Roth Private Reserve’s Taste
Otto Roth learned cheesemaking at his father’s farm in Uster, Switzerland, so it’s no wonder the Alpine-style wheels he crafts in Green County, WI are some of the best we’ve had stateside. Crafted in a corner of the state known as Little Switzerland, Roth Private Reserve has garnered several awards for its traditional flavor. The curd is cooked in copper vats and aged for a minimum of six months, resulting in a cream-colored paste full of nutty sweet flavor. It reminds us of salty toasted nuts and sweet cream, perfect on a mountain cheese plate.
Serving Roth Private Reserve
Serve on a cheeseboard with toasted hazelnuts or almonds, a dollop of fig preserves and a selection of cured meats. This hard cheese is an interesting switch up from classic parm. Try it grated over pasta or pizza. A chilled glass of hard cider, dry riesling or a classic Provence-style rosé, or lighter Pinot Noir works perfectly. Almost any French or light California rosé won’t overwhelm the subtle flavor. Think light and fresh, and with just enough acid to tackle Roth’s richness.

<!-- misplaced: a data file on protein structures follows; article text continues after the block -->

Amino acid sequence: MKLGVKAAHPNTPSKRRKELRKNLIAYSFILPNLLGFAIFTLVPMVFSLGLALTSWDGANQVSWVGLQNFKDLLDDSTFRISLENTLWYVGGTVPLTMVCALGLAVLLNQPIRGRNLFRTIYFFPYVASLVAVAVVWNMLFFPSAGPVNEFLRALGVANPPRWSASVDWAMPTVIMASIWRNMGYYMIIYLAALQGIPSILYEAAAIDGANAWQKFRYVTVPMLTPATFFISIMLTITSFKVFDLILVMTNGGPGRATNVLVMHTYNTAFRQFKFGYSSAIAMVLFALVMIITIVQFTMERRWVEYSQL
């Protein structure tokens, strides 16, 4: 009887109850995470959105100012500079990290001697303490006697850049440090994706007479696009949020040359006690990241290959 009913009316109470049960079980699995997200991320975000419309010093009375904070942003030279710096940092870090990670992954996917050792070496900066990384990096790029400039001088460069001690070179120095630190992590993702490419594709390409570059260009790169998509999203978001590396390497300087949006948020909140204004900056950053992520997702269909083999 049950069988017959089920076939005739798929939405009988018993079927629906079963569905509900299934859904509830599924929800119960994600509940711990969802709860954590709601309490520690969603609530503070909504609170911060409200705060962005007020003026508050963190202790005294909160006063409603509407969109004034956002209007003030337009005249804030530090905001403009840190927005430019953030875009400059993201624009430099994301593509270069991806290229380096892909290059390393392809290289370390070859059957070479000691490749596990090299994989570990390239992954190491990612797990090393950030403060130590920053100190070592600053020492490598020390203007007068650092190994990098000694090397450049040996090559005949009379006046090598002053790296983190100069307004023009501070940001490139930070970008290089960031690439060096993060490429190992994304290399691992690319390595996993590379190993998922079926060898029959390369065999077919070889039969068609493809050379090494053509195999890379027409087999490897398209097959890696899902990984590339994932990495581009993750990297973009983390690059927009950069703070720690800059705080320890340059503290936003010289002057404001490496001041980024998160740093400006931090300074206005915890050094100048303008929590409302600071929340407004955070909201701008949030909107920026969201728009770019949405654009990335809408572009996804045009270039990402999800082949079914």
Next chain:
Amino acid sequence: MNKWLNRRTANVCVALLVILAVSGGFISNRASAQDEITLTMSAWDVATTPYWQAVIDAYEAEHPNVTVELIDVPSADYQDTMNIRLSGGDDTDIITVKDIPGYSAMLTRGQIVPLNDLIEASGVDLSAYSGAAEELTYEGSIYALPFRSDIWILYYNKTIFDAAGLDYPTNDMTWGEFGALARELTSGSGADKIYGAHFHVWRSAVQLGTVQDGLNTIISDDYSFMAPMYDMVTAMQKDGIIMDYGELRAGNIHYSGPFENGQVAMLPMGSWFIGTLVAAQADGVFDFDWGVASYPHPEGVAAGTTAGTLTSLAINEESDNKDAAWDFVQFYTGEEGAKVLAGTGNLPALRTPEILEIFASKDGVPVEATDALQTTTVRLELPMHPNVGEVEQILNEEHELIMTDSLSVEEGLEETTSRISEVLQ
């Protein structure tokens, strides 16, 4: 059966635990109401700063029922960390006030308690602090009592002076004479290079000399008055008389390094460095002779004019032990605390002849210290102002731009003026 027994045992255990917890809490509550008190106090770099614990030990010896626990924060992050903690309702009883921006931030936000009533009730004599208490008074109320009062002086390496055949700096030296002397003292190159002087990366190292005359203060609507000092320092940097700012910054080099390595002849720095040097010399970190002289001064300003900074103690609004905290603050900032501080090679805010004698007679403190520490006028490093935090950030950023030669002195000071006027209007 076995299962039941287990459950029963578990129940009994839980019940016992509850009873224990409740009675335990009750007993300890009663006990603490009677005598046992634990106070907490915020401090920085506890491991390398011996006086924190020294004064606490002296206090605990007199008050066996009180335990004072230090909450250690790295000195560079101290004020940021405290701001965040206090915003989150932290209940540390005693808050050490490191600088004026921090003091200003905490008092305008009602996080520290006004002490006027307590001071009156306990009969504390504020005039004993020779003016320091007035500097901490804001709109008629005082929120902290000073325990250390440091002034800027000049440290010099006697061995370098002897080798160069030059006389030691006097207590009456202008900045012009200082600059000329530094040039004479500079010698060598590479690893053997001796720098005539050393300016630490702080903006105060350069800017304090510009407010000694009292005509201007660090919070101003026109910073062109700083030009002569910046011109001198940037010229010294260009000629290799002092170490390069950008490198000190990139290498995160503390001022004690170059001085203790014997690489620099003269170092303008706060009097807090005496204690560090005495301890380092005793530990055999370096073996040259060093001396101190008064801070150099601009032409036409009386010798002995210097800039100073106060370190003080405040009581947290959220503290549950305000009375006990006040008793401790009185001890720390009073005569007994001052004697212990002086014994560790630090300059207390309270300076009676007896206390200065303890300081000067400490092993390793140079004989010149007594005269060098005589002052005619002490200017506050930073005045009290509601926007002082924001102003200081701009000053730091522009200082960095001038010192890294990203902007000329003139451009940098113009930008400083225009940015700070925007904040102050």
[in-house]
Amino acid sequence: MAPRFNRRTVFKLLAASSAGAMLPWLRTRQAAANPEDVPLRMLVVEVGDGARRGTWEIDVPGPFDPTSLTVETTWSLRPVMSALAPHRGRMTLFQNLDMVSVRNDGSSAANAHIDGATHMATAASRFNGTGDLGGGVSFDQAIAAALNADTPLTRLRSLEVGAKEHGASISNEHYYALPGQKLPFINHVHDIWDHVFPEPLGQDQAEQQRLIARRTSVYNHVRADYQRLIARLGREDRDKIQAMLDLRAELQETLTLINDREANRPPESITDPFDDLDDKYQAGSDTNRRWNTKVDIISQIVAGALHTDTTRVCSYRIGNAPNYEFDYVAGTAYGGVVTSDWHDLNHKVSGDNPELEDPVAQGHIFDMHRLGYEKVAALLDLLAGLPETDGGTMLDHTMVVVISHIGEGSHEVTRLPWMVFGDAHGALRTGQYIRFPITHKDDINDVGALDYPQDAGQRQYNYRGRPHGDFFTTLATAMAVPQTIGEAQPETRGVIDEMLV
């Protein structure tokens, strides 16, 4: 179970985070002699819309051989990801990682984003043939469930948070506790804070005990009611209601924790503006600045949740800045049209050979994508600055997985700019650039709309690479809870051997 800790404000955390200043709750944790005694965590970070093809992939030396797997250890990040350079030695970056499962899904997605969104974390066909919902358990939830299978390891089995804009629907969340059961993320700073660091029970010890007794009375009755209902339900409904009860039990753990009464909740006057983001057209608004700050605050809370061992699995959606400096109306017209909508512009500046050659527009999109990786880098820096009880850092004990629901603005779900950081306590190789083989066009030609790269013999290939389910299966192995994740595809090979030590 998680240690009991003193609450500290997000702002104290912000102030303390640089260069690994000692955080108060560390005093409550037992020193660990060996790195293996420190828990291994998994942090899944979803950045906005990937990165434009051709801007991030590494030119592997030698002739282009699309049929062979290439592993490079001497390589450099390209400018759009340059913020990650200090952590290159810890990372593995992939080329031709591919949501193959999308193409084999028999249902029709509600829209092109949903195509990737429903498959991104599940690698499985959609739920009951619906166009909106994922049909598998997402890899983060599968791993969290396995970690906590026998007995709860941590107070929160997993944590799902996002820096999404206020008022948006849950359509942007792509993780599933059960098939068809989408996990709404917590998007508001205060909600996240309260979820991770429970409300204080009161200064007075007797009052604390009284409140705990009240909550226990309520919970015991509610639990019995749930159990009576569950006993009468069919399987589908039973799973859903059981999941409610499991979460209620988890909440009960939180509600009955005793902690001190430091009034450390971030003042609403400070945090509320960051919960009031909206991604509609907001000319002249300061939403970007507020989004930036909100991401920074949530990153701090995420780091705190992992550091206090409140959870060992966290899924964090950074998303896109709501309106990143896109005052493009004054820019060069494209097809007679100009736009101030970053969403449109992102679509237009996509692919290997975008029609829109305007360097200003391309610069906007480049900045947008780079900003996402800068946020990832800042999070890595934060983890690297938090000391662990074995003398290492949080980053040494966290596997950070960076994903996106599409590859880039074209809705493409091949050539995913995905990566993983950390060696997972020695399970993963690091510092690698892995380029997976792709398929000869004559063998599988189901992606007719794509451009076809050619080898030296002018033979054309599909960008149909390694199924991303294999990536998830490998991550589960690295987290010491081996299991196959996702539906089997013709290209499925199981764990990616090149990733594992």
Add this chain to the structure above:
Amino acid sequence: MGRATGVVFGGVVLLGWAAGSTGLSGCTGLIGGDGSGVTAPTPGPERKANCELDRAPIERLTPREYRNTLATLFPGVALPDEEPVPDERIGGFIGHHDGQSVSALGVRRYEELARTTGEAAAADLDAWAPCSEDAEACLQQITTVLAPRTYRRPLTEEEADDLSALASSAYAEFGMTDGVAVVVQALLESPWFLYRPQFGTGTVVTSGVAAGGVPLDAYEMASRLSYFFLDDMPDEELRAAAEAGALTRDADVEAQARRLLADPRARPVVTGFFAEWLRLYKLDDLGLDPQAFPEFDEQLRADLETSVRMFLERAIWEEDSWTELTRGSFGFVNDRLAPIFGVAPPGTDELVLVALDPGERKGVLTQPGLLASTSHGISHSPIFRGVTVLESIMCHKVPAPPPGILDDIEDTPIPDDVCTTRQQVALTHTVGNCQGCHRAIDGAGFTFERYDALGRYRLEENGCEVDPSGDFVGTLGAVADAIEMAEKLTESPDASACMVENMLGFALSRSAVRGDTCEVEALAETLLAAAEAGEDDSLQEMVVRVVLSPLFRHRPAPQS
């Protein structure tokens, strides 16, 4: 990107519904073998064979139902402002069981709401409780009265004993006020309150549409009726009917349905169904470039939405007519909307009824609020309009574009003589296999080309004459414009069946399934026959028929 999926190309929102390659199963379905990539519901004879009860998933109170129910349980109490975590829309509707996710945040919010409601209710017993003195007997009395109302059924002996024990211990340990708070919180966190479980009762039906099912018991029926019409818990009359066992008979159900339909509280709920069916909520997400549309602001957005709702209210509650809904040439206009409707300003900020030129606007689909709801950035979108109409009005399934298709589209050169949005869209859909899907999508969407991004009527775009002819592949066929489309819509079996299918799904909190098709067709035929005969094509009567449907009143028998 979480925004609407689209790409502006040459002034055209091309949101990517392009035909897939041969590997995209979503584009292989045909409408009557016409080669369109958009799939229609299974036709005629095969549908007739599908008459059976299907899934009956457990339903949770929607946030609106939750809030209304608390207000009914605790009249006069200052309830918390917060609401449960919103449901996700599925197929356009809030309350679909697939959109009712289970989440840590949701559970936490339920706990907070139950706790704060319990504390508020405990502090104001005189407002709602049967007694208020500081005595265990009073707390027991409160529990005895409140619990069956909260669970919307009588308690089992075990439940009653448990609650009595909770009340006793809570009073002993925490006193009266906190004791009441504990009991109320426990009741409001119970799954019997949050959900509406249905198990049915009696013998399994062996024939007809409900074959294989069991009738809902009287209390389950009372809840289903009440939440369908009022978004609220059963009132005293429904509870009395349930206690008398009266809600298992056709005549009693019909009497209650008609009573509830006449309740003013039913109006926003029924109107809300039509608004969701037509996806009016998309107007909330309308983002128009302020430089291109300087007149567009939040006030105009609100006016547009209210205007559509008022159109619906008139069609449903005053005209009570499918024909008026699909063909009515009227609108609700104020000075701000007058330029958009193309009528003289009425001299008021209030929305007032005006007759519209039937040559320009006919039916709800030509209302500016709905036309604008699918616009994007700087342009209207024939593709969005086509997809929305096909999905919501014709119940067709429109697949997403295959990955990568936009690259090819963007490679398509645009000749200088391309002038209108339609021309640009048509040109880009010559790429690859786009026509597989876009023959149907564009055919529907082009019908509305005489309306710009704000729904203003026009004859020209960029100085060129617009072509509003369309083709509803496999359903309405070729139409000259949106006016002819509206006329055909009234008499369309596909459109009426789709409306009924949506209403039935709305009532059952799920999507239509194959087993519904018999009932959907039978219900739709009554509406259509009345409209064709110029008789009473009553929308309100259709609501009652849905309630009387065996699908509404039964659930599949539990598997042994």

How Roth Private Reserve is Made
Known locally as Little Switzerland for its source of high quality milk, this area in the heart of Wisconsin is particularly well-suited for cheesemaking. It is here that Roth Käse USA was established, initially with a view towards making authentic Gruyère and other Alpine-style cheeses. Roth’s Private Reserve is an Alpine-style, raw cow’s milk cheese, aged for a minimum of ten months. The Private Reserve starts with milk that has been thermalized, a heat treatment that stops short of pasteurization. The Europeans do not consider thermalized milk to be raw; American regulators do, so Roth’s Private Reserve is basically a raw-milk cheese.